Atlanta Exposition Address Analysis

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The Atlanta Exposition Address by Booker T. Washington (1856-1915), written as a strategy in order to combat racial tensions in the South. Washington was born into slavery, where he worked on a Virginia plantation until emancipation in 1865. He then moved to Virginia with his mother, and taught himself how to read and write. After many years of saving he enrolled in the Hampton Institute (later called Hampton University) in 1875 and Wayland Seminary from 1878-1879. He would later become a teacher at Hampton, and after recommendation from Hampton’s president, he was selected to lead Tuskegee University. He served as principal and founder at the newly built normal school that trained blacks to become teachers and agricultural industrial workers.…show more content…
He believed that blacks should focus on economic elevation by concentrating their efforts on farming and industry. He thought it would lead to black socio-economic progress, opposed to the outright demand of social equality. Atlanta Exposition Address argues three major points: 1) blacks should focus on industrial education (to accumulate wealth) instead of higher education, 2) give up the insistence of civil rights, and that 3) whites should give black southerners a chance to prove…show more content…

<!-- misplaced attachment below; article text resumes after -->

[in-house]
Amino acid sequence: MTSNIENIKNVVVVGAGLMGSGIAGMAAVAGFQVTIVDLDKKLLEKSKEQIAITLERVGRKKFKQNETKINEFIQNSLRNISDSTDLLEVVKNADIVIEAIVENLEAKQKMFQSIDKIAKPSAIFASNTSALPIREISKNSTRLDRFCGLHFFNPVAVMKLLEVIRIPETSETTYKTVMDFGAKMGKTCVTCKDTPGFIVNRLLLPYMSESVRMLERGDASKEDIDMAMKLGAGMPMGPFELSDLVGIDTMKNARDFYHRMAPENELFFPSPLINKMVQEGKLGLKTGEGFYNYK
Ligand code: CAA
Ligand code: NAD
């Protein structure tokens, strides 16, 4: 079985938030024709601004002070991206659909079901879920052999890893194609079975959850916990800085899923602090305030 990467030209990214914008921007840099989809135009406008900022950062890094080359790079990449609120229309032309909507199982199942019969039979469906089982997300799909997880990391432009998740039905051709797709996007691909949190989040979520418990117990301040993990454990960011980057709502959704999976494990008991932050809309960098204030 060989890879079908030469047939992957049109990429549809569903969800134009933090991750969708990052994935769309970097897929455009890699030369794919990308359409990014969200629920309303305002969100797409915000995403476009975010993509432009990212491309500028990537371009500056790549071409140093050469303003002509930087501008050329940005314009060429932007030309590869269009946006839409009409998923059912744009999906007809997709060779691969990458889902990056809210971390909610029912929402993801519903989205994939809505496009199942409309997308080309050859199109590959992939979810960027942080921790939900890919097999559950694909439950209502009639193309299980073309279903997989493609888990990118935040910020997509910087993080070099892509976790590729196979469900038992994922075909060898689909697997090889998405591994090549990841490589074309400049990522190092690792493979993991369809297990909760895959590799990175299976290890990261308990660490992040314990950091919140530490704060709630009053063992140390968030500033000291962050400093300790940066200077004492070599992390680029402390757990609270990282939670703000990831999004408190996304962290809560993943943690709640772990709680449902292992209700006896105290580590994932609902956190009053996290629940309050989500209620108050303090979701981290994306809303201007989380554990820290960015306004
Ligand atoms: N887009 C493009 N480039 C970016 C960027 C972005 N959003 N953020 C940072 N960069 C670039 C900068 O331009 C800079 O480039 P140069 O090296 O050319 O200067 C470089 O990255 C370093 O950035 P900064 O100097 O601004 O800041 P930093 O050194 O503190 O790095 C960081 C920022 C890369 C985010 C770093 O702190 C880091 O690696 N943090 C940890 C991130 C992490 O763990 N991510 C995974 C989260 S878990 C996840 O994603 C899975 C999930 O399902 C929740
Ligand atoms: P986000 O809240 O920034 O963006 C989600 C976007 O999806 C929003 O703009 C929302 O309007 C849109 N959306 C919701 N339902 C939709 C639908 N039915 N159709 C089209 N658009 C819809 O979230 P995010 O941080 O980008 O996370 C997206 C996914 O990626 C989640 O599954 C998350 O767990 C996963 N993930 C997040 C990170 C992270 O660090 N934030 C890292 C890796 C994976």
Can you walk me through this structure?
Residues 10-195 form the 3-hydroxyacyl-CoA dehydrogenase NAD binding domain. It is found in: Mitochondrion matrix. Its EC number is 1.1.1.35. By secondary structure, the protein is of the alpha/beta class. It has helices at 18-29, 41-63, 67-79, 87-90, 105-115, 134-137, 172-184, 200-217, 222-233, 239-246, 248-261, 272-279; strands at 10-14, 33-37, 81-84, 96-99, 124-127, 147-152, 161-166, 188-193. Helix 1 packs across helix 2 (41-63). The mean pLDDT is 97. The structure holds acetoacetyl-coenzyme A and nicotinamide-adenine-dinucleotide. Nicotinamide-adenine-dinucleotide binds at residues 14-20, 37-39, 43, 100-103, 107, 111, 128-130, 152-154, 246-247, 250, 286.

Washington stated “Cast down your bucket among these people who have, without strikes and labour wars, tilled your fields... builded your railroads and cities….and helped make possible this….progress of the South” (Washington, Atlanta Exposition Address). He repeats the phrase “cast down your bucket” to emphasise his message to blacks, to remain where they are. Specifically, he is telling whites to NOT seek immigrant workers, but instead reach out to millions of blacks who are unemployed in the South. Washington is asking whites to give blacks the chance to prove their worth, and influence economically. He also highlighted the fact that southern blacks were loyal workers, AND that they built the South without going on strikes and labor wars, which were common in northern industrial society. All things considered, this argument was convincing. In reality, one-third of the South’s population was black, and held an economic weight in society especially because of the emancipation of slaves. If whites ostracized blacks from working in the South, even as meager farmers and industrialist, the southern economy would falter as a
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